Former President George W. Bush said on Thursday that the U.S. needs to “welcome” immigrants and thank them for doing the "jobs that Americans won't do."
"Americans don’t want to pick cotton at 105 degrees, but there are people who want to put food on their family’s tables and are willing to do that,” he said, according to The Associated Press. "We ought to say thank you and welcome them.”
Speaking at a summit in Abu Dhabi, Bush criticized President TrumpDonald TrumpGrant Woods, longtime friend of McCain and former Arizona AG, dies at 67 Super PACs release ad campaign hitting Vance over past comments on Trump Glasgow summit raises stakes for Biden deal MORE’s approach to the Obama-era Deferred Action for Childhood Arrivals (DACA) program, which protects undocumented immigrations who were brought to the U.S. as children from deportation.
“America’s their home,” Bush said of DACA recipients.
Trump, who has consistently called for hard-line immigration measures, announced last September that he would end the DACA program, giving Congress a six-month deadline to pass legislation to protect the program’s recipients, often known as “Dreamers.”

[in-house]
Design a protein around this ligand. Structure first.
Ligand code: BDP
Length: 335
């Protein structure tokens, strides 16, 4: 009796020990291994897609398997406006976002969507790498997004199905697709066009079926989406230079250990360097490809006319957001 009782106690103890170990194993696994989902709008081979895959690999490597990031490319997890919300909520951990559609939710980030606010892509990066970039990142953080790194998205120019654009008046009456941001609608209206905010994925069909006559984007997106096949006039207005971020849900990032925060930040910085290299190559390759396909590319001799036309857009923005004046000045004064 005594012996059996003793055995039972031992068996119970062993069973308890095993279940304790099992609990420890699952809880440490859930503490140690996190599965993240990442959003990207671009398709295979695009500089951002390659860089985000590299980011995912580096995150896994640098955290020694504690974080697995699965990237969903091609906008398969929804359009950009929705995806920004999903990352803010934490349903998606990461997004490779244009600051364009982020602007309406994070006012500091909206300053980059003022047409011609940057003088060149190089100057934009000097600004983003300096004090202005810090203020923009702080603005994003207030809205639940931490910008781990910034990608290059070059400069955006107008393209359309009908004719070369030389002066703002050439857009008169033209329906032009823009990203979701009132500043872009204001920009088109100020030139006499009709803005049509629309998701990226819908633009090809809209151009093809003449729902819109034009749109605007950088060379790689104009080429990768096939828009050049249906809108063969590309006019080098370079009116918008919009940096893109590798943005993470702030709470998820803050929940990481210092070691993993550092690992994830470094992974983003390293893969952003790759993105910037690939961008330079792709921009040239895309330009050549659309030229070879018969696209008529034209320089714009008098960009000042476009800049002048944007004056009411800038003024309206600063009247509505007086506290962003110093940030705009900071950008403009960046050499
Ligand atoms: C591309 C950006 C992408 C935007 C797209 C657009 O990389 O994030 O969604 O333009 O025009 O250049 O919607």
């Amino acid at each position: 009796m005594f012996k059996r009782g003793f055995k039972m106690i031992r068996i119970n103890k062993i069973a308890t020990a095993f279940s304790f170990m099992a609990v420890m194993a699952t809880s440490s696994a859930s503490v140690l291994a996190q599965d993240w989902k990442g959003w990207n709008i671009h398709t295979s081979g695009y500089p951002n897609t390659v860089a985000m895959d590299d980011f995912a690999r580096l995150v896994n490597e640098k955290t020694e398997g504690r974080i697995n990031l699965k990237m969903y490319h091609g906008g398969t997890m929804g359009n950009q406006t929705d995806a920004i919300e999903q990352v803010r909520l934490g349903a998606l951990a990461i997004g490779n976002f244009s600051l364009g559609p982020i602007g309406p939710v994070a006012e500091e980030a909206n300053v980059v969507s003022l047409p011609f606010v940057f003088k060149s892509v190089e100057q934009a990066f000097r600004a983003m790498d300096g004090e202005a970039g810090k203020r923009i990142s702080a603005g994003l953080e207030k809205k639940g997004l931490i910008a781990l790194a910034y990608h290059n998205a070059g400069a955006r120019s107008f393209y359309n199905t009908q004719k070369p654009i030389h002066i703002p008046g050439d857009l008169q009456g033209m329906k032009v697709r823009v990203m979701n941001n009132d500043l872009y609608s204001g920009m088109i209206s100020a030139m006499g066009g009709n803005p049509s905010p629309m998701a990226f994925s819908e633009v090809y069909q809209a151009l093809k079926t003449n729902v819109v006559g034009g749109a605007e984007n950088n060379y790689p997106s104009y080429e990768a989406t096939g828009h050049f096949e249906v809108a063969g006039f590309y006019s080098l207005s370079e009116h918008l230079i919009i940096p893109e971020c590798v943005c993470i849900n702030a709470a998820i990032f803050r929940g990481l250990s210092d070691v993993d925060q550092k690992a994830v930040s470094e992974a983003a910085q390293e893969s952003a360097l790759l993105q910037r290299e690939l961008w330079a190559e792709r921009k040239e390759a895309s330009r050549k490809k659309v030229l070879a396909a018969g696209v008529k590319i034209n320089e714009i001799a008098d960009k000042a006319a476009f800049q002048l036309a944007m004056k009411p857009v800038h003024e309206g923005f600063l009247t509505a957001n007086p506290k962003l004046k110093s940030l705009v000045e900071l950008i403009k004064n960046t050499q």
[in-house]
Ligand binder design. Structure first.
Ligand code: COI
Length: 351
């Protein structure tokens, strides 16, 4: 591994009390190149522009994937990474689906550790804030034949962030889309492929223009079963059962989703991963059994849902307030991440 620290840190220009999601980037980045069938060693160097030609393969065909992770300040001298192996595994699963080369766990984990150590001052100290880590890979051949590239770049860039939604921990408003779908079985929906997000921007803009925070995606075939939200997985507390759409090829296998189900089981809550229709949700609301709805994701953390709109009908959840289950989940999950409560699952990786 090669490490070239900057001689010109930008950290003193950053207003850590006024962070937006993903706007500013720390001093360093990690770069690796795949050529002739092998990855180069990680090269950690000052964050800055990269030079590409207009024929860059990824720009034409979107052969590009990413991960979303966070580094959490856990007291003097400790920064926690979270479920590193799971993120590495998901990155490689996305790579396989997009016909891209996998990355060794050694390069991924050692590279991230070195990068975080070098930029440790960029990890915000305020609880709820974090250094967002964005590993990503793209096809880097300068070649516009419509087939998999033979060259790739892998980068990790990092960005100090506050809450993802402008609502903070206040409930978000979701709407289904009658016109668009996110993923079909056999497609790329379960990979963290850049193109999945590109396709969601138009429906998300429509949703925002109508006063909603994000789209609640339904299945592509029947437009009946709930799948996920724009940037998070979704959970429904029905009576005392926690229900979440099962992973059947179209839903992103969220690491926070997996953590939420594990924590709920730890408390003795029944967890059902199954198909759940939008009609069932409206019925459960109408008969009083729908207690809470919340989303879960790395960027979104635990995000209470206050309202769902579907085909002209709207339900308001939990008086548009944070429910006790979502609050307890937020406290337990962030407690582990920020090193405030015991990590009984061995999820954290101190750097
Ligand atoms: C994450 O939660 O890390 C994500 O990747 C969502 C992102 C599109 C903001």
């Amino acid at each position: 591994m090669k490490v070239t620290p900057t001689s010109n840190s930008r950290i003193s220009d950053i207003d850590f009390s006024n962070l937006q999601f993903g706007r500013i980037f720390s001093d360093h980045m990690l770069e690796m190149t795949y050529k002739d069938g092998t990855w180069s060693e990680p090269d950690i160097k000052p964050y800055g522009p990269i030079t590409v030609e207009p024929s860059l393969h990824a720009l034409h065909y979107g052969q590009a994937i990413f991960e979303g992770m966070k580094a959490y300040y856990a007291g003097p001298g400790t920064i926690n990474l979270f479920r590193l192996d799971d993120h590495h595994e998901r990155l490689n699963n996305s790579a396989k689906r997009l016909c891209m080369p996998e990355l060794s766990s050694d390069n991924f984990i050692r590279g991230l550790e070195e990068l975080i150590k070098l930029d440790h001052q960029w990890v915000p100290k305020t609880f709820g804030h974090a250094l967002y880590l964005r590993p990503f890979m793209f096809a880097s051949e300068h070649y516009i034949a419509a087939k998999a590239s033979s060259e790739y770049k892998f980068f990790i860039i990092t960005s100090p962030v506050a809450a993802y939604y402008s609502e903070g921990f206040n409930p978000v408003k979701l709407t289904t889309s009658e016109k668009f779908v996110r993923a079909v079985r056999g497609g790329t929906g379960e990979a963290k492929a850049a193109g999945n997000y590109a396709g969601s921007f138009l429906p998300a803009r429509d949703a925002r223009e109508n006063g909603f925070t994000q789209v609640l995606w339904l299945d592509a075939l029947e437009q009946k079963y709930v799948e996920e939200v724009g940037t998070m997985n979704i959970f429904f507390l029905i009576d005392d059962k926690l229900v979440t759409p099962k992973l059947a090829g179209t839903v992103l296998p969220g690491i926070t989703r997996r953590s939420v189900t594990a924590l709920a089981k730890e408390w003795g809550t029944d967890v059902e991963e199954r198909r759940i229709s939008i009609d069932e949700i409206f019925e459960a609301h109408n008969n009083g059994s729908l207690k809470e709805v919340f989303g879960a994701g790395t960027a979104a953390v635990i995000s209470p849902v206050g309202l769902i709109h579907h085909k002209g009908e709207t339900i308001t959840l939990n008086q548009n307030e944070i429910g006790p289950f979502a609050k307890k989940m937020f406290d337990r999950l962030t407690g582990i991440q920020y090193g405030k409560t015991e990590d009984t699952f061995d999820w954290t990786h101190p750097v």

As the deadline nears, lawmakers are still working on a deal that would satisfy Trump’s demands for funding for a border wall and other increased security measures. The Trump administration unveiled framework last month that would include a path to citizenship for nearly 2 million undocumented immigrations, which is more than double the approximately 700,000 Dreamers in the country.
Bush said on Thursday that the U.S. immigration system is “broken” and needed to be fixed, acknowledging that he “tried, but unsuccessfully.” He also spoke highly of the United States’ relationship with Mexico, according to Reuters.
“It is important for our economy and also important for our soul that the immigration system functions well,” he said. “I view it as a relationship vital for our economy and for our stability. We’ve got to enforce our borders and we’ve got to enforce our laws.”